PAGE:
There are plenty of third-party extensions, of varying cost and quality, available to Magento customers who want to improve their B2B offering. Modules can be a great option if requirements are standard and budgets are tight. But they have clear limitations too, in that you are constrained by what they can do, and the way by which they do it.
Disconnecting B2B from Magento
Of course, keeping B2B completely separate from a B2C Magento site has always been an option. For example, the fashion industry still uses order sheets – often in the form of Excel documents and lengthy catalogues in PDF or even plain old paper.
Separating the two isn’t necessarily the wrong approach. But as we move towards less compartmentalised and more comprehensive ‘commerce’ – as opposed to a siloed landscape where ecommerce, bricks and mortar, and B2B are all kept separate – it will become more important to manage a unified vision of all customers.
Magento 2: driving forward B2B
Magento has recognised the need for a more unified approach to commerce, and as such has recently announced enhanced B2B functionality to go hand-in-hand with M2.
In what will be the first ever dedicated B2B offering from the platform provider, Magento will be delivering a full suite of enterprise edition features to sit alongside the M2 platform. Fresh off the back of the success of M2, it’s a big statement of intent, and we can only assume Magento plans on growing its B2B offering over the coming releases.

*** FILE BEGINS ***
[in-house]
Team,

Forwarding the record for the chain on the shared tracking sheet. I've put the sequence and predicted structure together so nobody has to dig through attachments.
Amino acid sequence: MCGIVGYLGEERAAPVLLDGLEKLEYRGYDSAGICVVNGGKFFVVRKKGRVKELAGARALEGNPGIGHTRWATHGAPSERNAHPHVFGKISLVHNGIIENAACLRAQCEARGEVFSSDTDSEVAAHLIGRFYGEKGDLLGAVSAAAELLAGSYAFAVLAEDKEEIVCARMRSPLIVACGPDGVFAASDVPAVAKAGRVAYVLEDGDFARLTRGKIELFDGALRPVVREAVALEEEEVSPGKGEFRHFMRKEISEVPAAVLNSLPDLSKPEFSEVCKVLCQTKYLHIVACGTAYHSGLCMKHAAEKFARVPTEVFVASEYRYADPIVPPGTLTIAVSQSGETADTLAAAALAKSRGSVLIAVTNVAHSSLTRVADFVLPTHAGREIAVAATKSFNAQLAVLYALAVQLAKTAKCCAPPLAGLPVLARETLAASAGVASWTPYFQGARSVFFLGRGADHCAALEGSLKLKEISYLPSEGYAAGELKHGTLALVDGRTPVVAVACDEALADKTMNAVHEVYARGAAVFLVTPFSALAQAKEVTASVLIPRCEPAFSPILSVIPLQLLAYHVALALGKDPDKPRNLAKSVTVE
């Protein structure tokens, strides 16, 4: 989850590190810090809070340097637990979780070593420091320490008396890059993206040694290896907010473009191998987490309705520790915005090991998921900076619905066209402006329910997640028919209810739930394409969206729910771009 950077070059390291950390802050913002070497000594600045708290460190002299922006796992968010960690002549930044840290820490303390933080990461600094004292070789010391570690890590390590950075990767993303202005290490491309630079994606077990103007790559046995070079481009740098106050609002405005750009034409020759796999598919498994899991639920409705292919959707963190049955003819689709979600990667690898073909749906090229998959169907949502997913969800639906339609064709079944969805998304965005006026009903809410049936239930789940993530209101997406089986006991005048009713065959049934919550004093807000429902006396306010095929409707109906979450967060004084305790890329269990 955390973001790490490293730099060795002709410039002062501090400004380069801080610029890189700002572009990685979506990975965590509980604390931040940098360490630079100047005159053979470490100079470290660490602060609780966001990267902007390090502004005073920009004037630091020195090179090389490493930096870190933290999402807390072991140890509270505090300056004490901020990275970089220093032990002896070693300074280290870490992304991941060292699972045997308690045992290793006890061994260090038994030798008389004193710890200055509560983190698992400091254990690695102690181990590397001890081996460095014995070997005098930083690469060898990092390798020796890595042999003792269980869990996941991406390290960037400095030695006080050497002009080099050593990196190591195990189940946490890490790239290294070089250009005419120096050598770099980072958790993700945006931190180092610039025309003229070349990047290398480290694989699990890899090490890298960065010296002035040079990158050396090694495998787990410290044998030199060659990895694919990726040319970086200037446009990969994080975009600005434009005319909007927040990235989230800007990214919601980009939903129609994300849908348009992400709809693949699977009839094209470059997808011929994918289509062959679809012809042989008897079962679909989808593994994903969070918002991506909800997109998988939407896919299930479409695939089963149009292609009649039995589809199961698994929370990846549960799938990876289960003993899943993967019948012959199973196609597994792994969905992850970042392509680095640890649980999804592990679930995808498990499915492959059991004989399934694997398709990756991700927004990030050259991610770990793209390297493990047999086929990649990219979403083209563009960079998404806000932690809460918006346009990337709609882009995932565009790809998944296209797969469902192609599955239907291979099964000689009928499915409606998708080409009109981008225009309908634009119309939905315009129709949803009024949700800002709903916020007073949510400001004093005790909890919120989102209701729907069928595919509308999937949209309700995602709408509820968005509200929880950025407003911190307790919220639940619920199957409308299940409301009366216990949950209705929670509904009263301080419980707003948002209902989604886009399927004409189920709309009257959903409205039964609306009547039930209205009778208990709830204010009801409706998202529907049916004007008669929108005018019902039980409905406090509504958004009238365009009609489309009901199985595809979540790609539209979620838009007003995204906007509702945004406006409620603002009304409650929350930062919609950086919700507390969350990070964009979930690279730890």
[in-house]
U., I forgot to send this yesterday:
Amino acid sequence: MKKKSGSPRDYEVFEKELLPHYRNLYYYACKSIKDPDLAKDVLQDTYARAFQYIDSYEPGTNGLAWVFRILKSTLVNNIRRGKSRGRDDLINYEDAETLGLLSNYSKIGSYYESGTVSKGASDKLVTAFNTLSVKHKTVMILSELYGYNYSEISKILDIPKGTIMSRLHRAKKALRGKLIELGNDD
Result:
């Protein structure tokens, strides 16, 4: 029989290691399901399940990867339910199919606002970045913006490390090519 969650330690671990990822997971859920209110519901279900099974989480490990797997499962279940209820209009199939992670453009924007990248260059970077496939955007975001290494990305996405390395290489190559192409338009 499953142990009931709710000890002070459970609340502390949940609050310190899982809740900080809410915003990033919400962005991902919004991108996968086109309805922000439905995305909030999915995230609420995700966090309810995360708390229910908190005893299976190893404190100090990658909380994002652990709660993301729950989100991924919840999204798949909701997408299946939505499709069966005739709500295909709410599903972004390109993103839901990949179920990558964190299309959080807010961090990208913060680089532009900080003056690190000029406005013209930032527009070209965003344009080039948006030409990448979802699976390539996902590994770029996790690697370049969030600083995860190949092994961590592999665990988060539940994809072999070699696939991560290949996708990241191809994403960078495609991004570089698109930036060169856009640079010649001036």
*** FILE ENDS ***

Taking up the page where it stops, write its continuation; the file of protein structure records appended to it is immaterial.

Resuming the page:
So what key features can we look forward to?
Tiered and negotiated pricing
This allows for different business customers to be given different prices. This is a key feature as most B2B retailers will have a range of prices based on factors such as how long they have been a customer, how often they buy, and the size of their orders.
The fact that this is now core functionality is crucial to the success of the M2 B2B offering.
But the pricing options don’t stop there. Negotiated pricing will also be available, allowing customers to request a quote. This is a very powerful and necessary tool in the B2B space.
The idea of B2B customers sat behind desks, placing orders on desktop computers is outdated. Thankfully responsive design allows web pages to be viewed in response to the size of the screen being used. The idea? Customers can easily place orders across a range of devices – from mobiles to tablets.
This is important because B2B trends are mirroring those of B2C, with more and more orders being placed on mobile devices. Denying your customers the ability to order whenever and wherever they want could cause your businesses to fall behind.